Tag Archives: Justice

Still Waiting for the Evidence

CBS Sunday Morning this week covered the Cosby allegations again and again slanted their coverage under the assumption that Cosby committed the crimes of which he stands accused. I have avoided talking about the rigmarole surrounding Bill Cosby because I feel all the evidence has yet to be uncovered. It is folly to offer a judgment in absence of all the facts. This is a primary principle of our criminal justice system and has served us well for more than two hundred years. Yet the media and many in society keep trying to dodge the issue of innocent until proven guilty in an effort to prove themselves correct in their assumptions on any given issue. This happened in the Michael Brown case so badly there that even once the justice system did weigh in, the media and the masses rebelled, declaring their judgment more sound than the law. Now Bill Cosby is facing allegations of sexual abuse spanning his entire career. More than thirty women have come forward to accuse the man once referred to as America’s favorite dad of one of the most heinous of crimes.

Let me predicate the rest of this as saying I do not know if Cosby is guilty. There is not enough evidence to prove his guilt, therefore there is no way to know. All we have is the word of several women who have waited in some cases more than forty years to come forward with these charges. That fact alone makes the charges suspicious. Add that none of them came forward until this year and all of the sudden there are thirty accusers makes the whole scenario suspect.

If a woman wishes to charge someone with rape, that woman—via the state—must have proof beyond the shadow of a doubt that the crime did take place and that the accused committed that crime. Not one of these women has any proof. None. No evidence exists that any crime even occurred. Only one accusation claims the crime occurred within the statute of limitations, so even if the accusations were true, no prosecution can be filed.

All that exists is the word of thirty or so women. Now, for many people, that is enough. One person making an accusation in the absence of evidence can be dismissed. Thirty people making the same accusation gives the accusation more weight. Unfortunately, the multiple accusers are not referencing the same incident, therefore they are not corroborating each other’s testimony. They are all making their own accusations of actions on different occasions at different locations under different circumstances.

I find it difficult to believe that a man, no matter how famous, could be a serial rapist and not have been discovered at the time he commits the crimes. Everyone who hears the allegations automatically believes them, however, because in our modern politically correct society, everyone is expected to defer to the perceived victim in these cases. The Rolling Stone magazine published an account of a self-proclaimed rape victim without investigating the claims. This supported a narrative of “America’s Rape Culture” that is permeating the media, and was too juicy and too salacious to bother checking the facts. There are many men and boys who have their lives ruined by false accusations because of society’s rush to judgment concerning rape. The crime has risen above other crimes in that its very mention evokes anger and a rush to judgment that larceny, embezzling, blackmail, fraud and even murder to not engender. The only crimes that are on parity with rape for such automatic belief is parental kidnapping—which I do not view as a crime in most cases—where the accused is automatically presumed guilty.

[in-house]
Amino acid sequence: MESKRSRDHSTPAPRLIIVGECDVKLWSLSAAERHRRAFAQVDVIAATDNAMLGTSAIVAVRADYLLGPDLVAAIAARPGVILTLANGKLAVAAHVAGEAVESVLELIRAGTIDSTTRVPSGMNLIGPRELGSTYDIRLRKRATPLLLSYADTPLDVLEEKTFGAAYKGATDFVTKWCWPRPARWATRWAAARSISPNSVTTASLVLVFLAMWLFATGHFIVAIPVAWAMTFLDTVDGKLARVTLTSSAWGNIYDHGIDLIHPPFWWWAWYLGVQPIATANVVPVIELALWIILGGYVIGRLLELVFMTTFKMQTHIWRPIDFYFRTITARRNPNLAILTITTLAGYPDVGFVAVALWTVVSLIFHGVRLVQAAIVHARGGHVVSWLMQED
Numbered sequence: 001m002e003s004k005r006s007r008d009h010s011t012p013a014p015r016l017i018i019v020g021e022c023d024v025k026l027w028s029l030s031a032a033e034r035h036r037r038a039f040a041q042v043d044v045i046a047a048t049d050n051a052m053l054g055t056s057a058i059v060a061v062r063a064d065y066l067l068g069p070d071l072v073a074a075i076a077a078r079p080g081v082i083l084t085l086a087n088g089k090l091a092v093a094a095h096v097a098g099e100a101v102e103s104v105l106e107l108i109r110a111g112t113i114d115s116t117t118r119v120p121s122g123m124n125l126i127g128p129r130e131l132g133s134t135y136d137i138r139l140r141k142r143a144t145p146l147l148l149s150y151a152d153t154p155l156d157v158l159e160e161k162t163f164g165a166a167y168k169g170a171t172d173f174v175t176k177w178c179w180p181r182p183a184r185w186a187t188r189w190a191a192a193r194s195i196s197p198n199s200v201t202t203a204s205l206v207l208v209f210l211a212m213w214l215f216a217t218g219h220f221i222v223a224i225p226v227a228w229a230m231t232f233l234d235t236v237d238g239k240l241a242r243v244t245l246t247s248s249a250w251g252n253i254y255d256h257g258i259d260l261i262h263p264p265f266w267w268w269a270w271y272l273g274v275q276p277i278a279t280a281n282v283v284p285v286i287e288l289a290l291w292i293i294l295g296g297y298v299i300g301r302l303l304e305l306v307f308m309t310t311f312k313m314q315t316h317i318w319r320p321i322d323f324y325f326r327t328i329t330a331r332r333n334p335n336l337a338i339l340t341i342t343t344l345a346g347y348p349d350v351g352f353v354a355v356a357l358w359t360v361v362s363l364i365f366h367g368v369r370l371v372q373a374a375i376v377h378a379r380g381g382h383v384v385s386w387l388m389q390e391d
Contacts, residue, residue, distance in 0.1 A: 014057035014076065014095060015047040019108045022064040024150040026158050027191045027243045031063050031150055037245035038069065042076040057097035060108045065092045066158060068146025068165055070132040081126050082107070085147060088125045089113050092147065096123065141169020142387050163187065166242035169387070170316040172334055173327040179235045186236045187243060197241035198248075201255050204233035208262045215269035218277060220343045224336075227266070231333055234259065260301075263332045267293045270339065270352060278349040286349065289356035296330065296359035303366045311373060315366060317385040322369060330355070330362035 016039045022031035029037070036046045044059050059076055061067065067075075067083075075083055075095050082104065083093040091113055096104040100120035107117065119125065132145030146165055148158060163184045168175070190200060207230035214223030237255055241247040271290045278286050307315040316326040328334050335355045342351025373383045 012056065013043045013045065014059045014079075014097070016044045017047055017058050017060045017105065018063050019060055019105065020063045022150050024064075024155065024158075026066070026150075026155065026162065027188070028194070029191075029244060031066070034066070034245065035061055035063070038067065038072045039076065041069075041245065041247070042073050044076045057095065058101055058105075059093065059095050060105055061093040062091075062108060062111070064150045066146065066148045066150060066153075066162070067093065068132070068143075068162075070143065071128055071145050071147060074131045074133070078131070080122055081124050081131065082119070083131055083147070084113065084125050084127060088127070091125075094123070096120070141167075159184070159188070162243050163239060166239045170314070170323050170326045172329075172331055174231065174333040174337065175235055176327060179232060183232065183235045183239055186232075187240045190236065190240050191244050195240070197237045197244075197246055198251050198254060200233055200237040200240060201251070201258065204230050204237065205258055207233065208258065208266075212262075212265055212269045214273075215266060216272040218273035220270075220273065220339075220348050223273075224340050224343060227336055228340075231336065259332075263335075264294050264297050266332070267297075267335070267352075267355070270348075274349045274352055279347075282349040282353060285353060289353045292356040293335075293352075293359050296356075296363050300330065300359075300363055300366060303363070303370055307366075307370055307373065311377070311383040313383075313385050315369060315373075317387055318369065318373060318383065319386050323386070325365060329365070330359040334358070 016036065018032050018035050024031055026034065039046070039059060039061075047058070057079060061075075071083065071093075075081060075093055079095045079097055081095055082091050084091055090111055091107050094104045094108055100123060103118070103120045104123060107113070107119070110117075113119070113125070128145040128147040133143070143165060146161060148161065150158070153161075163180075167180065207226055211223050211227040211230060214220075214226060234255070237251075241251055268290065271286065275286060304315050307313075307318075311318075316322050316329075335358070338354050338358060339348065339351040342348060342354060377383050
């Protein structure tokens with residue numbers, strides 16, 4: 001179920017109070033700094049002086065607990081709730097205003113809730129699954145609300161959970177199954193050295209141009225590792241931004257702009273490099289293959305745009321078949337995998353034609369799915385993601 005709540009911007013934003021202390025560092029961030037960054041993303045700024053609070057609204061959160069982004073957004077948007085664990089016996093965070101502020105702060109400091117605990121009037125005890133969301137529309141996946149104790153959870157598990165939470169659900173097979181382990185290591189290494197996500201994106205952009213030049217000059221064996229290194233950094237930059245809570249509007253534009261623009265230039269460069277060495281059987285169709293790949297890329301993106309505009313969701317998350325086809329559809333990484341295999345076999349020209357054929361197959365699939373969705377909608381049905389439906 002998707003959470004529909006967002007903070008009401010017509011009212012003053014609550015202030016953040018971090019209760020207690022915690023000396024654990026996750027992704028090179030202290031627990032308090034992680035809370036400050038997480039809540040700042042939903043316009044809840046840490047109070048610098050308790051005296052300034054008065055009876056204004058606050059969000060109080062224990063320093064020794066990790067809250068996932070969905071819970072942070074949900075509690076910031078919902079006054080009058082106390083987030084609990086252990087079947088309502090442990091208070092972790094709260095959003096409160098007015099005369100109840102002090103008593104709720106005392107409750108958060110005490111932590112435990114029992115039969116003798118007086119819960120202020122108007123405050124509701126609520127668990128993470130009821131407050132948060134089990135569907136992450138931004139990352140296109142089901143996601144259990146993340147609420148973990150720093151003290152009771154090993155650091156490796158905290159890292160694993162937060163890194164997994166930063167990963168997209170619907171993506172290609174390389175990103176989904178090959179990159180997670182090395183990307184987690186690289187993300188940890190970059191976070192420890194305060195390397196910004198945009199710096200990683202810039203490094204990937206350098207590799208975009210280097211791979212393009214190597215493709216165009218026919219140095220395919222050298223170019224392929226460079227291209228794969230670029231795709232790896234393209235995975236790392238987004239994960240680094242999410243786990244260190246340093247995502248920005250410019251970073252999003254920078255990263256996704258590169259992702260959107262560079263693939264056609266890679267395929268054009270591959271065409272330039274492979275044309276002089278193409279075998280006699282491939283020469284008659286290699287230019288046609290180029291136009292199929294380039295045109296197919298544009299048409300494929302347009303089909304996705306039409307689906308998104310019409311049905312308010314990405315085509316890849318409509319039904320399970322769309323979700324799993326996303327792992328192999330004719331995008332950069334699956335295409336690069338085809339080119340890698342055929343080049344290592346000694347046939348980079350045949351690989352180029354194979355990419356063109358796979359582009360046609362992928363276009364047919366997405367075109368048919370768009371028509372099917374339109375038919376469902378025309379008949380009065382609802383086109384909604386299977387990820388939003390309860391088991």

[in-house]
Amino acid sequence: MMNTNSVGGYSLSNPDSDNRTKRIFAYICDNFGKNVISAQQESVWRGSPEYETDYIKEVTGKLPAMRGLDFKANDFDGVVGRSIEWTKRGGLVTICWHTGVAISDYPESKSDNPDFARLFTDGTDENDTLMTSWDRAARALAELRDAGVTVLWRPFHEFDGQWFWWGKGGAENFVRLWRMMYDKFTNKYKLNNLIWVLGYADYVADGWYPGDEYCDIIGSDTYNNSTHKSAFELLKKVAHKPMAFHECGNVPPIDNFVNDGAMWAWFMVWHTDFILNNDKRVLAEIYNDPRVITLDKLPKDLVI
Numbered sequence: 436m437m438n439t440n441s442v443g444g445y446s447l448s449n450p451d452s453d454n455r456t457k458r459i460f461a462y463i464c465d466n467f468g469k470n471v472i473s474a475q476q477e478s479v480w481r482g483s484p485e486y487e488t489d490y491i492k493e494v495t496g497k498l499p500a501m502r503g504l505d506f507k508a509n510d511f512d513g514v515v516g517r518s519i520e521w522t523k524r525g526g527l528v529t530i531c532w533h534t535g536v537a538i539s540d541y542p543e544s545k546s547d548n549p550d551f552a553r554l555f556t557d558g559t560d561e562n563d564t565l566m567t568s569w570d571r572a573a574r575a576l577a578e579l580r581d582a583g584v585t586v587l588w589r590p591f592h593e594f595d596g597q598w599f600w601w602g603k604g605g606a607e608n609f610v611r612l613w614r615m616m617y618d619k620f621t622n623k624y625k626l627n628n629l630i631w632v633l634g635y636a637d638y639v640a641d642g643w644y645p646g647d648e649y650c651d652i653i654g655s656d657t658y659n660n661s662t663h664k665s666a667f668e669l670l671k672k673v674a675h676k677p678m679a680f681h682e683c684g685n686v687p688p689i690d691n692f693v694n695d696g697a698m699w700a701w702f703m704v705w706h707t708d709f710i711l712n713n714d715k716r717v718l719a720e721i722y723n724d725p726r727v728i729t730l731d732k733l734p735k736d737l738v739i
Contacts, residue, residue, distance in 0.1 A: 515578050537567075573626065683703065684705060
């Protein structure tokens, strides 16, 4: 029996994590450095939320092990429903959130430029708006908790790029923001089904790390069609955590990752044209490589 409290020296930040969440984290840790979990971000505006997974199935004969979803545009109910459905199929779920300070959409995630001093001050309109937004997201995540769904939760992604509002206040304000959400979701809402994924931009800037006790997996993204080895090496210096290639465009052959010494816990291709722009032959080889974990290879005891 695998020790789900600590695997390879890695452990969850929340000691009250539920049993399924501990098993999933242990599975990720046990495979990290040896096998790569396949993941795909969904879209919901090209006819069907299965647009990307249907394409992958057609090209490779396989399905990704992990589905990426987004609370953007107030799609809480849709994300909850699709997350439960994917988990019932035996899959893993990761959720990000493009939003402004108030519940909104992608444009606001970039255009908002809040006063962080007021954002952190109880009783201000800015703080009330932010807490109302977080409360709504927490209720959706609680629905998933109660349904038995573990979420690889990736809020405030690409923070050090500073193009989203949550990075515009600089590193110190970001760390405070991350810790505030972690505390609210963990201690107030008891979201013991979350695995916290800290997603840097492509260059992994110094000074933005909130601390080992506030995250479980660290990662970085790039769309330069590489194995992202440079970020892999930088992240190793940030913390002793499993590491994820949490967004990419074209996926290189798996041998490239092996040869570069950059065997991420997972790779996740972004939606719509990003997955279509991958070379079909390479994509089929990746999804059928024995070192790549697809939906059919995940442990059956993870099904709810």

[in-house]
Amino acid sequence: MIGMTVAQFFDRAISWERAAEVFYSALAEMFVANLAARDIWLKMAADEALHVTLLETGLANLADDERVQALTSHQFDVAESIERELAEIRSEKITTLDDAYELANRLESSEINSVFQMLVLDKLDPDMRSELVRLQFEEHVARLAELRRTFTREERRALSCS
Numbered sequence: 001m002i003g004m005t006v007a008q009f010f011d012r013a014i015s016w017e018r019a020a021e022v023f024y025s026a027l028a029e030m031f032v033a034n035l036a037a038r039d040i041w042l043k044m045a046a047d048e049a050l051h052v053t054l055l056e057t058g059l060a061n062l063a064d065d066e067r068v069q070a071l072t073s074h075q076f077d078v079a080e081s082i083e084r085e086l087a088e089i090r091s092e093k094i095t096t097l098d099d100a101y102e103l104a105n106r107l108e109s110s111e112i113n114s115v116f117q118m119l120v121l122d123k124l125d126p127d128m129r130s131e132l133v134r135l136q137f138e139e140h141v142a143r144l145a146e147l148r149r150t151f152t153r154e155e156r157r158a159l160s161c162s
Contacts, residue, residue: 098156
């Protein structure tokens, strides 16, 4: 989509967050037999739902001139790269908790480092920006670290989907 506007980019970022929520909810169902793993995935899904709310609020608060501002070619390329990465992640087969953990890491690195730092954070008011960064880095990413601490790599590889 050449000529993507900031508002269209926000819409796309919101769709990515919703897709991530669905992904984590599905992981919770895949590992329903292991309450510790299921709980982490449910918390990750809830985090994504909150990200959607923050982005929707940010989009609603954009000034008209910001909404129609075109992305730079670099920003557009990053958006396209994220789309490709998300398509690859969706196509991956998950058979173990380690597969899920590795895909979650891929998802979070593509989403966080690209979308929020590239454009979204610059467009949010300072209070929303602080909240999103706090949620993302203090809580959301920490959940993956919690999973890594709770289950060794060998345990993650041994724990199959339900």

I don’t know Bill Cosby. I’ve never met the man, even though I always thought I’d like to. He has always seemed so approachable. What I know of him comes from the media and his vast repertoire of work. He dropped out of school, attempted the military, went back to school and got a degree in physical education. He started his show business career as a standup comic and quickly amassed a following in a day and age when black artists found it all but impossible to break into the limelight. He made money. He garnered praise. He became famous. Now, call me misogynistic, but those three traits alone are enough to attract any number of women, especially in the 60’s with the drugs and sex that permeated the club scene.

Did he have sex with several women? Almost assuredly. Again, I don’t know, there is no proof, but it seems very likely. Did he have to drug the women? I seriously doubt it. Again, with all he had going for him, it seems unlikely he would have to resort to such nefarious tricks to get satisfaction. Did he anger the women he slept with? Again, almost assuredly; and again, I don’t know for sure. Many of the women who clustered in his orbit did so hoping to ride his coat tails into fame and fortune as well. When that didn’t happen, it is not a hard stretch to imagine they developed a grudge; a grudge that festered for almost forty years.

Whether or not he had sex with any of these women is not the issue. The question of whether the women were willing participants is the question for the courts. The real question is why wait forty years to file a complaint, when the statute of limitations has made a criminal case moot. The answer to that is easy, though. Criminal cases mean jail, while civil cases mean money. Which one will appeal to most of these “victims?”

Now Cosby is trying to make a living and finding an increasing challenge in doing so. His TV projects have been cancelled by the networks. He is trying to do the job that we as a nation have supported for more than forty years. Yet now his shows are picketed by rape activists. As if watching a comedian is supporting rape. Some patrons have reported being verbally assaulted by the picketers both going in and coming out of the theater. Media personalities have spoken out against Cosby as if they were a judge passing sentence. All of these actions are grossly unfair.

Even if the women are telling the truth and Bill Cosby is a serial rapist unlike the world has ever seen, or even if they are all liars and trying to carve a bit of cash out of a man whose career is almost over like a bunch of vultures picking over a wildebeest, the biggest crime is not either case. The biggest crime is how we as a nation are abandoning the principles upon which our nation was founded to engage in a media-driven frenzy. We are throwing out due process in a rush to judge a man without all the evidence. In the absence of evidence, we are compelled by justice to presume innocence, even if it galls us to do so.